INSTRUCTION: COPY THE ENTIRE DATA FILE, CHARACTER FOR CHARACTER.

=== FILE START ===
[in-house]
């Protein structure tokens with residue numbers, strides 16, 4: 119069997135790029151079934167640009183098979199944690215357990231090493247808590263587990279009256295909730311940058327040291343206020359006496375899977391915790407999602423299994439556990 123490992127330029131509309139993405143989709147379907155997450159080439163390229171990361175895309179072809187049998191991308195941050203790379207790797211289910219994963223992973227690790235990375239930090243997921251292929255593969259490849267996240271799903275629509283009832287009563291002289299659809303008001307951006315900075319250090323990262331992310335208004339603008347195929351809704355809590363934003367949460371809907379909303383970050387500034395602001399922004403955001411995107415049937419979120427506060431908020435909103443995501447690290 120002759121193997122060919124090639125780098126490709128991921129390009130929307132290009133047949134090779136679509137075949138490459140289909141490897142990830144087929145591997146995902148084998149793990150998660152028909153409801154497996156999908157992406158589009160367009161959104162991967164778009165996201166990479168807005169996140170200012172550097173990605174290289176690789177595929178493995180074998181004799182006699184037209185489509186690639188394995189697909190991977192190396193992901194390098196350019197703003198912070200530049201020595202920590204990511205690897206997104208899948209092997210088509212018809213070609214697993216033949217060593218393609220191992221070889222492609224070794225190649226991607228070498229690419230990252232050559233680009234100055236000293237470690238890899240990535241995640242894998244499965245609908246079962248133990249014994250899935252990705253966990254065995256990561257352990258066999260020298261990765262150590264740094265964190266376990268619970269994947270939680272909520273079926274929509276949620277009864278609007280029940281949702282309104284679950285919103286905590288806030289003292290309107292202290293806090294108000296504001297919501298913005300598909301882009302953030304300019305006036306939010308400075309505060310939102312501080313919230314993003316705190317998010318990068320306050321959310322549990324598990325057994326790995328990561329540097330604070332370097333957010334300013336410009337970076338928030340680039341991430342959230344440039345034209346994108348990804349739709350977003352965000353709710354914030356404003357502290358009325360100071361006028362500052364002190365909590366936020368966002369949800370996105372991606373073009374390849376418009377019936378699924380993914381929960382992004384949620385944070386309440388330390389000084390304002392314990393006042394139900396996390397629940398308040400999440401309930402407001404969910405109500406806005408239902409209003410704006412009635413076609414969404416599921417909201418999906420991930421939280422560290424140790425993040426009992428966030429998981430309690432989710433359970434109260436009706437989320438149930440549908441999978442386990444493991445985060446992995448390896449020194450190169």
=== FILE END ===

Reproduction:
[in-house]
């Protein structure tokens with residue numbers, strides 16, 4: 119069997135790029151079934167640009183098979199944690215357990231090493247808590263587990279009256295909730311940058327040291343206020359006496375899977391915790407999602423299994439556990 123490992127330029131509309139993405143989709147379907155997450159080439163390229171990361175895309179072809187049998191991308195941050203790379207790797211289910219994963223992973227690790235990375239930090243997921251292929255593969259490849267996240271799903275629509283009832287009563291002289299659809303008001307951006315900075319250090323990262331992310335208004339603008347195929351809704355809590363934003367949460371809907379909303383970050387500034395602001399922004403955001411995107415049937419979120427506060431908020435909103443995501447690290 120002759121193997122060919124090639125780098126490709128991921129390009130929307132290009133047949134090779136679509137075949138490459140289909141490897142990830144087929145591997146995902148084998149793990150998660152028909153409801154497996156999908157992406158589009160367009161959104162991967164778009165996201166990479168807005169996140170200012172550097173990605174290289176690789177595929178493995180074998181004799182006699184037209185489509186690639188394995189697909190991977192190396193992901194390098196350019197703003198912070200530049201020595202920590204990511205690897206997104208899948209092997210088509212018809213070609214697993216033949217060593218393609220191992221070889222492609224070794225190649226991607228070498229690419230990252232050559233680009234100055236000293237470690238890899240990535241995640242894998244499965245609908246079962248133990249014994250899935252990705253966990254065995256990561257352990258066999260020298261990765262150590264740094265964190266376990268619970269994947270939680272909520273079926274929509276949620277009864278609007280029940281949702282309104284679950285919103286905590288806030289003292290309107292202290293806090294108000296504001297919501298913005300598909301882009302953030304300019305006036306939010308400075309505060310939102312501080313919230314993003316705190317998010318990068320306050321959310322549990324598990325057994326790995328990561329540097330604070332370097333957010334300013336410009337970076338928030340680039341991430342959230344440039345034209346994108348990804349739709350977003352965000353709710354914030356404003357502290358009325360100071361006028362500052364002190365909590366936020368966002369949800370996105372991606373073009374390849376418009377019936378699924380993914381929960382992004384949620385944070386309440388330390389000084390304002392314990393006042394139900396996390397629940398308040400999440401309930402407001404969910405109500406806005408239902409209003410704006412009635413076609414969404416599921417909201418999906420991930421939280422560290424140790425993040426009992428966030429998981430309690432989710433359970434109260436009706437989320438149930440549908441999978442386990444493991445985060446992995448390896449020194450190169």